Rhetoric since the inauguration and, more specifically, since the start of the political right’s efforts to create an Affordable Care Act repeal-and-replace bill, has perpetuated a narrative that Washington is in a state of disarray. Thus far, a constructive dialogue has not been encouraged, but rather, figureheads on both the right and left have relied on hateful rebuke and criticism. 

Various media outlets have greeted House Speaker Paul Ryan with an outpouring of disapproval from the moment he revealed his repeal-and-replace plan. From The Washington Post claiming Paul Ryan is “the enemy of the right,” to Mark Levin at the Conservative Review dubbing the bill as “RINOcare”(RINO being a common party insult meaning “Republican In Name Only”) there has been nothing shy about popular reaction to its unveiling.

Before we condemn the present, though, it is crucial to examine our past. For the past eight years, Washington saw strong-arming at its finest. The prototypical legislative process was not merely hidden but forgotten, as former President Barack Obama continued to thumb his nose at Congress.

His prime focus and political baby was christened “Obamacare” — a piece of legislation that he effectively rammed through Congress without any bipartisan approval. As it was crafted behind closed doors with virtually no transparency, the American public innocently listened to a host of specious claims growing more and more misguided on a variety of its principles along the way.

The takeaway: As Republicans had no stake in the plan, Obama and chief Democrats received all the credit. Yet, in due time, as we are seeing now, the Democrats are receiving the brunt of the blame for its “implosion” (i.e., premium increases, dwindling competition, etc.)

Herein lies our current dilemma. Negotiating the here and now should not take on a binary approach — say yes to the Republicans’ new plan or align yourself with Obamacare’s failures — but rather, a collaborative one. In a New York Times op-ed piece, Ohio Gov. John Kasich writes,  “A true and lasting reform of the health insurance system must be accomplished by bringing the two sides together.”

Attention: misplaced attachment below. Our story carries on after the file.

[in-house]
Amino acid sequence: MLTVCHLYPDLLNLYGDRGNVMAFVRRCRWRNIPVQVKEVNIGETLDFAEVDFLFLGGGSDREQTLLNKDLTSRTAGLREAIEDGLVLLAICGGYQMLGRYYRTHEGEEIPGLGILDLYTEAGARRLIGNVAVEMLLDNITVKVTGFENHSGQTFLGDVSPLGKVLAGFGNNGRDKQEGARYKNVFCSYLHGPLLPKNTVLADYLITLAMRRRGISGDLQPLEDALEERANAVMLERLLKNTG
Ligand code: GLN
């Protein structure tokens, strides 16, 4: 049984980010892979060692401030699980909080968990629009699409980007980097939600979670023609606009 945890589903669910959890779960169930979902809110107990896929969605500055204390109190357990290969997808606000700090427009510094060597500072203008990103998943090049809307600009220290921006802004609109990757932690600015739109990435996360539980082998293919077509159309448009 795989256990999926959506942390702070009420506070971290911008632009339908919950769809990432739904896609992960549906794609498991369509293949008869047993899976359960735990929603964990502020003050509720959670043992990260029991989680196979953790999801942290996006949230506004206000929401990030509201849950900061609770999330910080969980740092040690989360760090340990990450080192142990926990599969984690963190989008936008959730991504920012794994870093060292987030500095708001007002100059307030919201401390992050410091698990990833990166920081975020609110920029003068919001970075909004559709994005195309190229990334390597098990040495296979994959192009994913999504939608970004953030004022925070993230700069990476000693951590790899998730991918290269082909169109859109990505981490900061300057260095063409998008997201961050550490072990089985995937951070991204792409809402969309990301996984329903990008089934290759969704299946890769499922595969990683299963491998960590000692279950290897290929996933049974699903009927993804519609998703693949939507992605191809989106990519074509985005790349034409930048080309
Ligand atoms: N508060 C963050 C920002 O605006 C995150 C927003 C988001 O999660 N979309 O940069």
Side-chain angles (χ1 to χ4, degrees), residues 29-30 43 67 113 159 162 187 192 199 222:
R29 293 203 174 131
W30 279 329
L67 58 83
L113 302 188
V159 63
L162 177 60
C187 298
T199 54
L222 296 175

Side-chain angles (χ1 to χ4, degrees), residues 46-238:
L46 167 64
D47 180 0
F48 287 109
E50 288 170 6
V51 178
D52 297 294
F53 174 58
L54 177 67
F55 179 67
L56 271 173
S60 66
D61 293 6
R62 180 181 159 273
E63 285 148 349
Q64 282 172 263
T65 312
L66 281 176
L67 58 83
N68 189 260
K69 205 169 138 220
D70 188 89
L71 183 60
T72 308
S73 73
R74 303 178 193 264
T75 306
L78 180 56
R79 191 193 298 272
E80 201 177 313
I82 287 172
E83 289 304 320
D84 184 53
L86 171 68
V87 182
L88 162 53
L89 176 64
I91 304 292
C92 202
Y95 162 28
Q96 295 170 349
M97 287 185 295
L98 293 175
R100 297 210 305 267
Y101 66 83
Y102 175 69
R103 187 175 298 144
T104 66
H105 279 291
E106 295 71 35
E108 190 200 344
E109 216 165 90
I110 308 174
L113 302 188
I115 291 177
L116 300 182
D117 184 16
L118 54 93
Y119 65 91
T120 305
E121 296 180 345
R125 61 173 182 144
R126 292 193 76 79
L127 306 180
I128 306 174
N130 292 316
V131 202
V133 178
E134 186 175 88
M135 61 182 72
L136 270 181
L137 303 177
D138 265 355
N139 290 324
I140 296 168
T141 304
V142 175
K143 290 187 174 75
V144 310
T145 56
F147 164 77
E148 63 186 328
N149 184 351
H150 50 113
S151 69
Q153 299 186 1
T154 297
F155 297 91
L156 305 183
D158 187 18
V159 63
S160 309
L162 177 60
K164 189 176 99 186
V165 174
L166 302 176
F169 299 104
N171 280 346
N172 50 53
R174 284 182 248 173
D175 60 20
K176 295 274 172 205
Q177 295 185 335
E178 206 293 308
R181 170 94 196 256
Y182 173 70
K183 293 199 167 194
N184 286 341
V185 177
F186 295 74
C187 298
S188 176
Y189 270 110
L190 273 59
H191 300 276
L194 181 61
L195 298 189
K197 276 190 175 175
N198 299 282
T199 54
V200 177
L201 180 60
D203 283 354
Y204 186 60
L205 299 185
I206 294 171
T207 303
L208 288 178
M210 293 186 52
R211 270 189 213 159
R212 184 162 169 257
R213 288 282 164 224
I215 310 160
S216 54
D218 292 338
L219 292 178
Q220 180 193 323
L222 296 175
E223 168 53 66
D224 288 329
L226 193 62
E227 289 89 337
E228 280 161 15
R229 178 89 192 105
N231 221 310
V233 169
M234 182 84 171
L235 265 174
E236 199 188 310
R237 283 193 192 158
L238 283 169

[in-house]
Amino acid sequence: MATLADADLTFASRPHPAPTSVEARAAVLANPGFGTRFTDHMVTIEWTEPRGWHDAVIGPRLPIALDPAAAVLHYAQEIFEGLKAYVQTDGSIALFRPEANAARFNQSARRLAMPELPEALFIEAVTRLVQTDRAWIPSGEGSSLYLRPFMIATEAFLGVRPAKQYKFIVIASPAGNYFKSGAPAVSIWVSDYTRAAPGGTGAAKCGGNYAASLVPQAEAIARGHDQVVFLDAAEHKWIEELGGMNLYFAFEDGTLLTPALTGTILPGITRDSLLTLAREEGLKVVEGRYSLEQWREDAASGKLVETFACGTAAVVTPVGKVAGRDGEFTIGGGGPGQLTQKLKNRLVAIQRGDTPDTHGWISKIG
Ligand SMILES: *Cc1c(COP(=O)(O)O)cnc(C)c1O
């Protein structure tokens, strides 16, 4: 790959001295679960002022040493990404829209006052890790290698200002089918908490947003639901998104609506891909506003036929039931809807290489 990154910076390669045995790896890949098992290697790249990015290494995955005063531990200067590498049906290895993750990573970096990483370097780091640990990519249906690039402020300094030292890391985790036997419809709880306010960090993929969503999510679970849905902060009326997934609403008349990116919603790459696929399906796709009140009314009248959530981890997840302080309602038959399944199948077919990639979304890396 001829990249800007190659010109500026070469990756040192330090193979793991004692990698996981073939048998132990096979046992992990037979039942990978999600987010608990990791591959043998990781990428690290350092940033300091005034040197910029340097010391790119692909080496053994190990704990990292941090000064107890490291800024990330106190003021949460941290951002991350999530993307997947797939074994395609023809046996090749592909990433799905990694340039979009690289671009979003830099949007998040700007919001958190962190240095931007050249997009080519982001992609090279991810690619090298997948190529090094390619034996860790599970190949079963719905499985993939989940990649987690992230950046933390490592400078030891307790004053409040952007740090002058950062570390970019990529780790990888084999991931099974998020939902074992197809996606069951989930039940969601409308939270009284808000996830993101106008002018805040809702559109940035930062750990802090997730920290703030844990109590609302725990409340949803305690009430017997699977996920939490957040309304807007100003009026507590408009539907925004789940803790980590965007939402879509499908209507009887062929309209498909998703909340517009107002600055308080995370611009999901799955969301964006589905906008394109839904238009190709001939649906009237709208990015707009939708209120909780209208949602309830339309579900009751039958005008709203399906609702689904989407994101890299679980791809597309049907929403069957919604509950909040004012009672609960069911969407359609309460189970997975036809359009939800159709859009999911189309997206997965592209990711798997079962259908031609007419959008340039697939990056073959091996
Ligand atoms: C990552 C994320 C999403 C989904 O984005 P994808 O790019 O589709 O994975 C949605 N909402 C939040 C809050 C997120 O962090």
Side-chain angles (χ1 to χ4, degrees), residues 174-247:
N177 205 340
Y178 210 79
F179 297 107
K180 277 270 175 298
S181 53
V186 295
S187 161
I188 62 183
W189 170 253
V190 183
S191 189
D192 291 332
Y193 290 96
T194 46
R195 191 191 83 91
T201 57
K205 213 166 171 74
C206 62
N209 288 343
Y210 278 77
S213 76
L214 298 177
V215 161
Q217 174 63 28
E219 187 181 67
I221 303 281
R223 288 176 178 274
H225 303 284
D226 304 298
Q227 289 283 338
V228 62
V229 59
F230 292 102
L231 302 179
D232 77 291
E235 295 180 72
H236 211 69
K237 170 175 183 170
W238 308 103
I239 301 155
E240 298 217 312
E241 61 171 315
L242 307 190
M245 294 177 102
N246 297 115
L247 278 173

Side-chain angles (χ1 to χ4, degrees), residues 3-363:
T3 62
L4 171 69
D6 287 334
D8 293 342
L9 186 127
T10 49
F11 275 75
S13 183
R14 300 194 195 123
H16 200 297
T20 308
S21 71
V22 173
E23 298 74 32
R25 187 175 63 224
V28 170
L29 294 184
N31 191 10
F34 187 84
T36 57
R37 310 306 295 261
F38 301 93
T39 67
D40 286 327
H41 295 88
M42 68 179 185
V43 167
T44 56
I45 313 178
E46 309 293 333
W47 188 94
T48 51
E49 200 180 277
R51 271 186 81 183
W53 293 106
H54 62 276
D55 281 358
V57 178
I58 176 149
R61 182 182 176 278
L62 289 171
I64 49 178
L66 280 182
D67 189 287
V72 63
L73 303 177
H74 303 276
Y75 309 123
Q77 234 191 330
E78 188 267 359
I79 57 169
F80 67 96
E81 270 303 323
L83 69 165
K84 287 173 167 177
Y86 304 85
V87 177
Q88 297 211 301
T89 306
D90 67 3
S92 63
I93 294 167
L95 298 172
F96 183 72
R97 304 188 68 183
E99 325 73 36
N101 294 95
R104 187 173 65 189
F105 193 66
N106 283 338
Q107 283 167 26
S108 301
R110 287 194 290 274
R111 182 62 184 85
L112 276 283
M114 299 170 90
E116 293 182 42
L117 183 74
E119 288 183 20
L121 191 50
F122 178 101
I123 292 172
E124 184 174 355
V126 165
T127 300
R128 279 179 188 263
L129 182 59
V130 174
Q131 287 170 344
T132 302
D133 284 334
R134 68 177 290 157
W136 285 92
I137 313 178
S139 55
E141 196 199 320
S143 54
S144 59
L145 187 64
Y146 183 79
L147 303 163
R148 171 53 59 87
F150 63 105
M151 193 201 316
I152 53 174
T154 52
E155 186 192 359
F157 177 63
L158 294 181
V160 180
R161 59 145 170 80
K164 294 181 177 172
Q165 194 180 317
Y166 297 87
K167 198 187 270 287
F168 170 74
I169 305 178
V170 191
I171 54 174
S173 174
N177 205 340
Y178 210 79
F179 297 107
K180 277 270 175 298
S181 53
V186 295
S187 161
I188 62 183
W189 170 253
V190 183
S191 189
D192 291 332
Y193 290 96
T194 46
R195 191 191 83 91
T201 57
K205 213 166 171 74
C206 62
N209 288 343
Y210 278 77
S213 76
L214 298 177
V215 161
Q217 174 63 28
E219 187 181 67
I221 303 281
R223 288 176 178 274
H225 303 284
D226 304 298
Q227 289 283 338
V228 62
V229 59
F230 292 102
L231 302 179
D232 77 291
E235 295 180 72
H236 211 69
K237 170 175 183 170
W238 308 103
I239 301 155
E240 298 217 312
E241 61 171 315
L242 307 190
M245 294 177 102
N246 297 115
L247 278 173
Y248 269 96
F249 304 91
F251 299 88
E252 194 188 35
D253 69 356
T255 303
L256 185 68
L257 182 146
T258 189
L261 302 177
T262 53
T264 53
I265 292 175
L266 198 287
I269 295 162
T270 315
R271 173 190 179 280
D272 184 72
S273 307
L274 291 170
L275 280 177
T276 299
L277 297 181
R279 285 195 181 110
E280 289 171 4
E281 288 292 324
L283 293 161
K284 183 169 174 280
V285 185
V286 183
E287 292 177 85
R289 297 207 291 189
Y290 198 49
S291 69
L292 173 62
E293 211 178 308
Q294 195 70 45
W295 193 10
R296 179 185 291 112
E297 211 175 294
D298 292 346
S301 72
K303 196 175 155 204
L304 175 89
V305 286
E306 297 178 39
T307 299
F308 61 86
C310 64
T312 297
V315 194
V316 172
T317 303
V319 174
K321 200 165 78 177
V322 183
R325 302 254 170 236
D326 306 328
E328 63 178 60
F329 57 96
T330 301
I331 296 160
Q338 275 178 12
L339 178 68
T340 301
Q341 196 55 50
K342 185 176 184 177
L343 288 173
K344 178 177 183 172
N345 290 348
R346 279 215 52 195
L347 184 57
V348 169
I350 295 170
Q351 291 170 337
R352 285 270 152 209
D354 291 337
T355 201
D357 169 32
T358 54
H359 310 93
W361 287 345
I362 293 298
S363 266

Former President Obama conveyed a very important message to Republicans and Democrats alike: Unilateralism is not the way forward. Pursuing this avenue marked by self-reliance and egotism only divides our nation even further. It appears as if the current man in the Oval Office is taking this advice to heart, as he has mentioned that though Ryan’s bill is the appropriate vehicle, it must be modified down the road.

In a recent interview with Tucker Carlson on Fox News, President Trump refrained from completely jumping on board with the bill by saying, “It’s very preliminary … but (it) is going to be negotiated.” In other words, Trump is doing what he does best: deal-making. His measured approach should sound all too familiar to those who have read his bestseller “The Art of the Deal.” As he details, the key to success is to keep one’s options open, not entirely committing to one plan and seeking dialogue.

In a recent briefing, Sean Spicer, the White House press secretary, laid out this approach very carefully when he commented: “… regardless of what caucus or faction you’re a part of, if you have an idea that can enhance this bill and make it more patient-centric and achieve the goals, then we’re all for it. So that’s a process. … There have been a lot of ideas, a lot of debate, and a lot of issues put forward into how to craft this.”

Given the past eight years, it is of paramount importance that we redefine our vision and identify what we are discussing here — real-life humans and politics. Spicer describes that the current administration is in the business of creating policies that benefit the patient. With this approach, the individual transcends partisanship. Reaching across the aisle is a necessity, as is reciprocity once such a gesture is made.

And as for our political landscape, we must realize that we, along with our politicians, are not in Kansas anymore. The ground beneath Washington’s feet has changed and, though we may not be walking down a yellow brick road, it is one that has potential. We have returned to a political environment conducive to consensus building and productive negotiation.

Whether we want to acknowledge it or not, when it comes to legislation, we are fortunate to have a pair of overseeing eyes with a diverse perspective in President Trump. In order to fulfill this mandate of patient-oriented policy, the right and the left need to abandon their once-fixed, isolationist mindsets. Productive dialogue is the way forward and with a businessman now living at 1600 Pennsylvania Ave., they need to decide if they want to make a deal or not.

I insist they make the deal.

Nicholas Tomaino can be reached at ntomaino@umich.edu.

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